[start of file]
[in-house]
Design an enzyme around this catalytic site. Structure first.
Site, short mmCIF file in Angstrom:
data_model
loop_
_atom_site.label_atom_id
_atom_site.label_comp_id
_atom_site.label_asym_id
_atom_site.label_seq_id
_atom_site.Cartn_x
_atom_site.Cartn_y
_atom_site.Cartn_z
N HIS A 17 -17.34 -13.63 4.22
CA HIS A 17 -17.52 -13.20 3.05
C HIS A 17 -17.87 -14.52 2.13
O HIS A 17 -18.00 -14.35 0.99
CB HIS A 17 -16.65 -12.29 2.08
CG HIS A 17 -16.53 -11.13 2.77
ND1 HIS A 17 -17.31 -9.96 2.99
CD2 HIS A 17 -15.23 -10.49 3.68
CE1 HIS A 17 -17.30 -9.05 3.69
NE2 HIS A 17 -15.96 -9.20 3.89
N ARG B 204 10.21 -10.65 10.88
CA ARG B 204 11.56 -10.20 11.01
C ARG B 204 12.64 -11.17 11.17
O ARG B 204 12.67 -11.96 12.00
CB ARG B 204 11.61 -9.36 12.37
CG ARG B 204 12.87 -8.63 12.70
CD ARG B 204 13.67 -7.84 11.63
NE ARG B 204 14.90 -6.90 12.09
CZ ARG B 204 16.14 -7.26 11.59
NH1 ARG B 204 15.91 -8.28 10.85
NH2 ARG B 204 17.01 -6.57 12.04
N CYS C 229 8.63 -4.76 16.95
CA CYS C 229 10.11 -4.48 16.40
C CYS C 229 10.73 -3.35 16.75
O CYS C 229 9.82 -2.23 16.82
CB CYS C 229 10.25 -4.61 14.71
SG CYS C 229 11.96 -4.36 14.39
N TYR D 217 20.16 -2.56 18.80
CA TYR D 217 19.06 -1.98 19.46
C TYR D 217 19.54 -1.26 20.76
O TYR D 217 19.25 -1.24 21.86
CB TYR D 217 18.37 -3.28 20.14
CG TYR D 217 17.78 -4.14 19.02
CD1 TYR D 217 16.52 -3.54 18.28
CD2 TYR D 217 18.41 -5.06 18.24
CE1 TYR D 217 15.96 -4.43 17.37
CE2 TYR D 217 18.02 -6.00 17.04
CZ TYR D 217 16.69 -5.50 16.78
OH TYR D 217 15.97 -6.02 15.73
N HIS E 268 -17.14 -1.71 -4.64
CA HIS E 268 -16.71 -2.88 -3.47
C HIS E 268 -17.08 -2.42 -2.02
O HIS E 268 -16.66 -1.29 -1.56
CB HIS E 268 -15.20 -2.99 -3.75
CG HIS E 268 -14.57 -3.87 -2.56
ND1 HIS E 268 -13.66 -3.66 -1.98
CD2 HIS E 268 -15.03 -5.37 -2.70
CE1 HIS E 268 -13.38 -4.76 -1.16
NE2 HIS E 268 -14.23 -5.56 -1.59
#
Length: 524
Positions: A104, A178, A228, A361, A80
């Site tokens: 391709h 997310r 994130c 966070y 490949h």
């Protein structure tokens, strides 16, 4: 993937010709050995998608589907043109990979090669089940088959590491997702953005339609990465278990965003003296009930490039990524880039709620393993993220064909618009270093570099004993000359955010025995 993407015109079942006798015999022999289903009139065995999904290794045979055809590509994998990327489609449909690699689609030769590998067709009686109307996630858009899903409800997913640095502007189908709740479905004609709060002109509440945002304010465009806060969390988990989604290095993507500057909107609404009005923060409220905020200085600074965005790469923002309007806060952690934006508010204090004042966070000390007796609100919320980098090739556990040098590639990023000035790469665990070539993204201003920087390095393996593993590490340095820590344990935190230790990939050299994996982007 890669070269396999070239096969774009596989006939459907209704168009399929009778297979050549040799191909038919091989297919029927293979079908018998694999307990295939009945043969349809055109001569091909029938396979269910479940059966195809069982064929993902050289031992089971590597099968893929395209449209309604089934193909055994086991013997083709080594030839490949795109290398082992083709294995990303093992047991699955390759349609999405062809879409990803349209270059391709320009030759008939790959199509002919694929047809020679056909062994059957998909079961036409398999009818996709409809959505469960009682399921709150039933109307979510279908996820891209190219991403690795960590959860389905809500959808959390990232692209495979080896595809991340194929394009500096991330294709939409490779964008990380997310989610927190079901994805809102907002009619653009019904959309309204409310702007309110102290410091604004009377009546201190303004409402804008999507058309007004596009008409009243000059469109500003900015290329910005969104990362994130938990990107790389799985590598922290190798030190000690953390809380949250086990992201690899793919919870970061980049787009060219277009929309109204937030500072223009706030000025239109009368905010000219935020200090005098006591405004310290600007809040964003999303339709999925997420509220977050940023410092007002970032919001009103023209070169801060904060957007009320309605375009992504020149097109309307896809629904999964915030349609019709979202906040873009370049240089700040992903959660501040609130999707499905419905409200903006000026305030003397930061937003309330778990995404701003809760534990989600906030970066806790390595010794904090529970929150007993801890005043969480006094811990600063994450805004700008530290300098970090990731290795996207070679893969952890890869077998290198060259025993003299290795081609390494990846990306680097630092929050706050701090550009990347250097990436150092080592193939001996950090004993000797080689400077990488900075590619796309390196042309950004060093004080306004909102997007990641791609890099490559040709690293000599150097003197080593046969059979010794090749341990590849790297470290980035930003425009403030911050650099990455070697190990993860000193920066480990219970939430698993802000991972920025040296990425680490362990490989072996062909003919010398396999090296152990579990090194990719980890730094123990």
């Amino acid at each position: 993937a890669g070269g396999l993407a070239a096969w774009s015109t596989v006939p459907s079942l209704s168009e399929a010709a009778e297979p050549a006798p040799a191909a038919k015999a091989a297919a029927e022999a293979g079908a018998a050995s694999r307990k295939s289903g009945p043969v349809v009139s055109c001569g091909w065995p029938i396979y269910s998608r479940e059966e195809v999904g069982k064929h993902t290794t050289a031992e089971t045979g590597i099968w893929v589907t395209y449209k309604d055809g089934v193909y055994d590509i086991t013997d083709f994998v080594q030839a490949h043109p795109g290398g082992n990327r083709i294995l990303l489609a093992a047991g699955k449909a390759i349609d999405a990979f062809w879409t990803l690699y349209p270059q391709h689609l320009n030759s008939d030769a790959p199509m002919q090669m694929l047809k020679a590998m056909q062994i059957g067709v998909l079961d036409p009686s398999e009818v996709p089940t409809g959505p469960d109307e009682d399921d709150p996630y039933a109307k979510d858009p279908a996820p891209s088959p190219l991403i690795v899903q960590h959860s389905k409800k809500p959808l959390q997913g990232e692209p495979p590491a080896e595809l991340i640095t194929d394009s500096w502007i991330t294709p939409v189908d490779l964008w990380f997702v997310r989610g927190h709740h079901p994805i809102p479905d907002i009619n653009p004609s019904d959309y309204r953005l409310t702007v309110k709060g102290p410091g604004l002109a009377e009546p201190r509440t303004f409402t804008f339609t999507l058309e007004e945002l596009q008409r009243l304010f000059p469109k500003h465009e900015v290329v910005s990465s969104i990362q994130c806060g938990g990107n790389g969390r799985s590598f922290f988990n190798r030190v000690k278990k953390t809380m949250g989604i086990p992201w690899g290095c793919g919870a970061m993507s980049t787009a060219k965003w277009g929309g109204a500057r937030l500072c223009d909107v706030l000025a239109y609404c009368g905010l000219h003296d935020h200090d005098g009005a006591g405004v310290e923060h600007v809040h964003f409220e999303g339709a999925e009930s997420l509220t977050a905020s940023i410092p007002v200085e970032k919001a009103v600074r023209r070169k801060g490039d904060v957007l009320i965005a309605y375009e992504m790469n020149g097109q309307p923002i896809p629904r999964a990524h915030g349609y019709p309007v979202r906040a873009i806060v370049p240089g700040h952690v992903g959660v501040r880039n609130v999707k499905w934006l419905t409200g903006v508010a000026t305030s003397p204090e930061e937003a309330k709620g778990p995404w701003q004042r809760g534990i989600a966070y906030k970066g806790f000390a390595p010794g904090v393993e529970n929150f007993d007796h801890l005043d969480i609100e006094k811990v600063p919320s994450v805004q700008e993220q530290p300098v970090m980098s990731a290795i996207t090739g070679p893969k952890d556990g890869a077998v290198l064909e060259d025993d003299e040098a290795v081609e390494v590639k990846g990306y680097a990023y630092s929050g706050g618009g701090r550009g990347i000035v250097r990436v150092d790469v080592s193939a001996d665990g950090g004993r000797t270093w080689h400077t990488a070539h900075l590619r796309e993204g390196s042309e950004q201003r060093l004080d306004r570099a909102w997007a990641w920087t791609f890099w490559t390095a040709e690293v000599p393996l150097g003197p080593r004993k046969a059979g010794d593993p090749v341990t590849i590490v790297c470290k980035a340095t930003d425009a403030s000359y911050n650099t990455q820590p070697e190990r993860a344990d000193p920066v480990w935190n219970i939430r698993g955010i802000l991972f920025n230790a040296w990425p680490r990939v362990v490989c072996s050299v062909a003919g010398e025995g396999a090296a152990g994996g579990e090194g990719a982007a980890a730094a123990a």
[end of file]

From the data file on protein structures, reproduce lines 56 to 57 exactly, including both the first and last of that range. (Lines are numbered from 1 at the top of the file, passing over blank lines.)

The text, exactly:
CB HIS E 268 -15.20 -2.99 -3.75
CG HIS E 268 -14.57 -3.87 -2.56